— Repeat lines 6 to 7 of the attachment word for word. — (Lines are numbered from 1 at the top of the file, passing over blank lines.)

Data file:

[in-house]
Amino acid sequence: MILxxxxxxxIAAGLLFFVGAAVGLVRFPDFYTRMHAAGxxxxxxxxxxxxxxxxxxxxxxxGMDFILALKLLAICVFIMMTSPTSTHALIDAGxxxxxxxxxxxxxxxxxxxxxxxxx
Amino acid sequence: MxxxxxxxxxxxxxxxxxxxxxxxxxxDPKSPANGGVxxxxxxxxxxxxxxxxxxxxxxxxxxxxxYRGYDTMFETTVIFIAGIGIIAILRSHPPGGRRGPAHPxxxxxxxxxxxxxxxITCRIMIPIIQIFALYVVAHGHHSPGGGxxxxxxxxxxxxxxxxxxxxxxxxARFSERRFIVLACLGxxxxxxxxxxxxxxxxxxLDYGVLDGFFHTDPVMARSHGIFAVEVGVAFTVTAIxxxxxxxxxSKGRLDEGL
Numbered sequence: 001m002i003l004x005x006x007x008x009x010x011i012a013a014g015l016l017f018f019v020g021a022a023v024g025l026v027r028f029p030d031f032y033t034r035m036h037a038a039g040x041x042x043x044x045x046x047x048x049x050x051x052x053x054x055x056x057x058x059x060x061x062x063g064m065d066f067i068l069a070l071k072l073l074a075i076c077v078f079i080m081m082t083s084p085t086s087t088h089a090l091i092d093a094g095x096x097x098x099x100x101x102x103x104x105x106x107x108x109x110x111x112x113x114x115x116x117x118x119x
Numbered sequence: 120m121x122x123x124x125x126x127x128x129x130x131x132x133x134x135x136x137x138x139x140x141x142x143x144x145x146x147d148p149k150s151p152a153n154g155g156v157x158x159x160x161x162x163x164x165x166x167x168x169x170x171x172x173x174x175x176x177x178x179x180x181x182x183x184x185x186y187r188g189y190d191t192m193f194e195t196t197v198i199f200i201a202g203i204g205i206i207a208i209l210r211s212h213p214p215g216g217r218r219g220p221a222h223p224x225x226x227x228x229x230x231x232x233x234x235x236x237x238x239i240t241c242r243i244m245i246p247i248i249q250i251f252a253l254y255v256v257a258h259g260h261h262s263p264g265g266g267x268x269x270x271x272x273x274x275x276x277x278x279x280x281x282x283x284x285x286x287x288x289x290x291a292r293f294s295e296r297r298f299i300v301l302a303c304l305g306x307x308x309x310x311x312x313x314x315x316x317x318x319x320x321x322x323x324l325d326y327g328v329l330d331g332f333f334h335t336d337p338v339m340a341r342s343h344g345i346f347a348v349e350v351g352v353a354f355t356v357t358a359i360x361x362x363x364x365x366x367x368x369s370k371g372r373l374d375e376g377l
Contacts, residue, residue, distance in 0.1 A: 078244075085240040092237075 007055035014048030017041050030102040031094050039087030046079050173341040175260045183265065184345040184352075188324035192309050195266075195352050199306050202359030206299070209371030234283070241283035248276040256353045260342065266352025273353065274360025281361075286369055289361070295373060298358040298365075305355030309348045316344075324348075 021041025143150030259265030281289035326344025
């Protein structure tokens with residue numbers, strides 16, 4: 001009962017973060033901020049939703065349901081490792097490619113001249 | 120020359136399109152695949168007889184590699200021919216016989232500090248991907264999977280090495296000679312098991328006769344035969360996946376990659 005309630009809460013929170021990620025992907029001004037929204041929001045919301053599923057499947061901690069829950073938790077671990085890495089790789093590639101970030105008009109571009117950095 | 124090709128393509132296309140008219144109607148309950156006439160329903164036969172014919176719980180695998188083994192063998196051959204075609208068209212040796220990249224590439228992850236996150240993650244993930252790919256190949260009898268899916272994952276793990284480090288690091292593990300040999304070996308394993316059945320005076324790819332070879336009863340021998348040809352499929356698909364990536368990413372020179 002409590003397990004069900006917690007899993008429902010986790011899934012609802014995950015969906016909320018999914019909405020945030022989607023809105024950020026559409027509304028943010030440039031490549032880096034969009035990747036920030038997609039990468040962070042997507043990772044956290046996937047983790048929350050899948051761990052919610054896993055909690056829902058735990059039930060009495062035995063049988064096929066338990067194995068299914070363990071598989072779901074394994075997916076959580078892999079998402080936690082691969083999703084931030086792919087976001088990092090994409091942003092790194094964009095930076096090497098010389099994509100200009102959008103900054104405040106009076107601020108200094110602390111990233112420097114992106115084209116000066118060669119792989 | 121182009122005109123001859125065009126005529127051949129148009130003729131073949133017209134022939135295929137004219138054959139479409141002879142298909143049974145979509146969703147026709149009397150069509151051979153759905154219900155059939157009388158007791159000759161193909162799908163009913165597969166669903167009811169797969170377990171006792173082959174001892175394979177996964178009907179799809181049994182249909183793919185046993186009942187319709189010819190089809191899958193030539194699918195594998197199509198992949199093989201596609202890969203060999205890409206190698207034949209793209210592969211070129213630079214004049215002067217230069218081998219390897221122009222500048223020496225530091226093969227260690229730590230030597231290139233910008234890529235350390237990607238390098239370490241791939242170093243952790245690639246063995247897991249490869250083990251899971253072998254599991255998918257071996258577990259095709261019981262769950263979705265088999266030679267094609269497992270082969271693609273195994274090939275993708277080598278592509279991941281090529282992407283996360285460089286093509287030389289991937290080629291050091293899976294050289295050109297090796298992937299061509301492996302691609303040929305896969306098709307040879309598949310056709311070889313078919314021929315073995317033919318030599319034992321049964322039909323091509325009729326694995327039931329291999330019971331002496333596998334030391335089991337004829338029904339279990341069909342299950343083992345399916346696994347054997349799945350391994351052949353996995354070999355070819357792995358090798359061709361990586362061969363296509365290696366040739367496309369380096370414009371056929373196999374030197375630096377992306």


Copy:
Contacts, residue, residue, distance in 0.1 A: 078244075085240040092237075 007055035014048030017041050030102040031094050039087030046079050173341040175260045183265065184345040184352075188324035192309050195266075195352050199306050202359030206299070209371030234283070241283035248276040256353045260342065266352025273353065274360025281361075286369055289361070295373060298358040298365075305355030309348045316344075324348075 021041025143150030259265030281289035326344025
């Protein structure tokens with residue numbers, strides 16, 4: 001009962017973060033901020049939703065349901081490792097490619113001249 | 120020359136399109152695949168007889184590699200021919216016989232500090248991907264999977280090495296000679312098991328006769344035969360996946376990659 005309630009809460013929170021990620025992907029001004037929204041929001045919301053599923057499947061901690069829950073938790077671990085890495089790789093590639101970030105008009109571009117950095 | 124090709128393509132296309140008219144109607148309950156006439160329903164036969172014919176719980180695998188083994192063998196051959204075609208068209212040796220990249224590439228992850236996150240993650244993930252790919256190949260009898268899916272994952276793990284480090288690091292593990300040999304070996308394993316059945320005076324790819332070879336009863340021998348040809352499929356698909364990536368990413372020179 002409590003397990004069900006917690007899993008429902010986790011899934012609802014995950015969906016909320018999914019909405020945030022989607023809105024950020026559409027509304028943010030440039031490549032880096034969009035990747036920030038997609039990468040962070042997507043990772044956290046996937047983790048929350050899948051761990052919610054896993055909690056829902058735990059039930060009495062035995063049988064096929066338990067194995068299914070363990071598989072779901074394994075997916076959580078892999079998402080936690082691969083999703084931030086792919087976001088990092090994409091942003092790194094964009095930076096090497098010389099994509100200009102959008103900054104405040106009076107601020108200094110602390111990233112420097114992106115084209116000066118060669119792989 | 121182009122005109123001859125065009126005529127051949129148009130003729131073949133017209134022939135295929137004219138054959139479409141002879142298909143049974145979509146969703147026709149009397150069509151051979153759905154219900155059939157009388158007791159000759161193909162799908163009913165597969166669903167009811169797969170377990171006792173082959174001892175394979177996964178009907179799809181049994182249909183793919185046993186009942187319709189010819190089809191899958193030539194699918195594998197199509198992949199093989201596609202890969203060999205890409206190698207034949209793209210592969211070129213630079214004049215002067217230069218081998219390897221122009222500048223020496225530091226093969227260690229730590230030597231290139233910008234890529235350390237990607238390098239370490241791939242170093243952790245690639246063995247897991249490869250083990251899971253072998254599991255998918257071996258577990259095709261019981262769950263979705265088999266030679267094609269497992270082969271693609273195994274090939275993708277080598278592509279991941281090529282992407283996360285460089286093509287030389289991937290080629291050091293899976294050289295050109297090796298992937299061509301492996302691609303040929305896969306098709307040879309598949310056709311070889313078919314021929315073995317033919318030599319034992321049964322039909323091509325009729326694995327039931329291999330019971331002496333596998334030391335089991337004829338029904339279990341069909342299950343083992345399916346696994347054997349799945350391994351052949353996995354070999355070819357792995358090798359061709361990586362061969363296509365290696366040739367496309369380096370414009371056929373196999374030197375630096377992306």